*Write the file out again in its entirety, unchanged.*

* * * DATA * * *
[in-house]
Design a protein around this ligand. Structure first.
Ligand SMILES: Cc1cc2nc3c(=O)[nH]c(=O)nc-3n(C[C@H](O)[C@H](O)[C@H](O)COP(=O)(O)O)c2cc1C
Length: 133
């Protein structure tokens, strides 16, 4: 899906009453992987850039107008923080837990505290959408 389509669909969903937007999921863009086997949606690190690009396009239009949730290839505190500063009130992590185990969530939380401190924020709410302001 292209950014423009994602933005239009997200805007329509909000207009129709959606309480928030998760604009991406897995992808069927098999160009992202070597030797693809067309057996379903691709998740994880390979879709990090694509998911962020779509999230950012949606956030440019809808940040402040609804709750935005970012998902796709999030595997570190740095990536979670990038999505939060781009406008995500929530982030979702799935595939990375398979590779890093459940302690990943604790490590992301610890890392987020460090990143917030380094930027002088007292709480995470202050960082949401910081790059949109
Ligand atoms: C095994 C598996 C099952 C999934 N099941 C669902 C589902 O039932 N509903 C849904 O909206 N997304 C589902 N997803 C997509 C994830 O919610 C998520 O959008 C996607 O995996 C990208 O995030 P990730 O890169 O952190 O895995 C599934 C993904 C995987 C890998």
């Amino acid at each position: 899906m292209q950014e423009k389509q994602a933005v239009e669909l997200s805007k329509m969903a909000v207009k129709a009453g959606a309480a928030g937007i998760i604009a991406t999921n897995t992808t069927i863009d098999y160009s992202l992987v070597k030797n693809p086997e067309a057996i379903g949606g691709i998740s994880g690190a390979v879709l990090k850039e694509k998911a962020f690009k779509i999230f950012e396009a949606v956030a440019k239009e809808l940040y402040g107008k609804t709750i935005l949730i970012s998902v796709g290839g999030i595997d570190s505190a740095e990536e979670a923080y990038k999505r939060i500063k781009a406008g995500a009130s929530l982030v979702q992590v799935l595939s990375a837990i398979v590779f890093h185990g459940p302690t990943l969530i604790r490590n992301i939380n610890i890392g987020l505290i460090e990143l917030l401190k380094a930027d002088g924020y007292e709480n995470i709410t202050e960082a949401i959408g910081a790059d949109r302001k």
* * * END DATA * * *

[in-house]
Design a protein around this ligand. Structure first.
Ligand SMILES: Cc1cc2nc3c(=O)[nH]c(=O)nc-3n(C[C@H](O)[C@H](O)[C@H](O)COP(=O)(O)O)c2cc1C
Length: 133
């Protein structure tokens, strides 16, 4: 899906009453992987850039107008923080837990505290959408 389509669909969903937007999921863009086997949606690190690009396009239009949730290839505190500063009130992590185990969530939380401190924020709410302001 292209950014423009994602933005239009997200805007329509909000207009129709959606309480928030998760604009991406897995992808069927098999160009992202070597030797693809067309057996379903691709998740994880390979879709990090694509998911962020779509999230950012949606956030440019809808940040402040609804709750935005970012998902796709999030595997570190740095990536979670990038999505939060781009406008995500929530982030979702799935595939990375398979590779890093459940302690990943604790490590992301610890890392987020460090990143917030380094930027002088007292709480995470202050960082949401910081790059949109
Ligand atoms: C095994 C598996 C099952 C999934 N099941 C669902 C589902 O039932 N509903 C849904 O909206 N997304 C589902 N997803 C997509 C994830 O919610 C998520 O959008 C996607 O995996 C990208 O995030 P990730 O890169 O952190 O895995 C599934 C993904 C995987 C890998």
């Amino acid at each position: 899906m292209q950014e423009k389509q994602a933005v239009e669909l997200s805007k329509m969903a909000v207009k129709a009453g959606a309480a928030g937007i998760i604009a991406t999921n897995t992808t069927i863009d098999y160009s992202l992987v070597k030797n693809p086997e067309a057996i379903g949606g691709i998740s994880g690190a390979v879709l990090k850039e694509k998911a962020f690009k779509i999230f950012e396009a949606v956030a440019k239009e809808l940040y402040g107008k609804t709750i935005l949730i970012s998902v796709g290839g999030i595997d570190s505190a740095e990536e979670a923080y990038k999505r939060i500063k781009a406008g995500a009130s929530l982030v979702q992590v799935l595939s990375a837990i398979v590779f890093h185990g459940p302690t990943l969530i604790r490590n992301i939380n610890i890392g987020l505290i460090e990143l917030l401190k380094a930027d002088g924020y007292e709480n995470i709410t202050e960082a949401i959408g910081a790059d949109r302001k």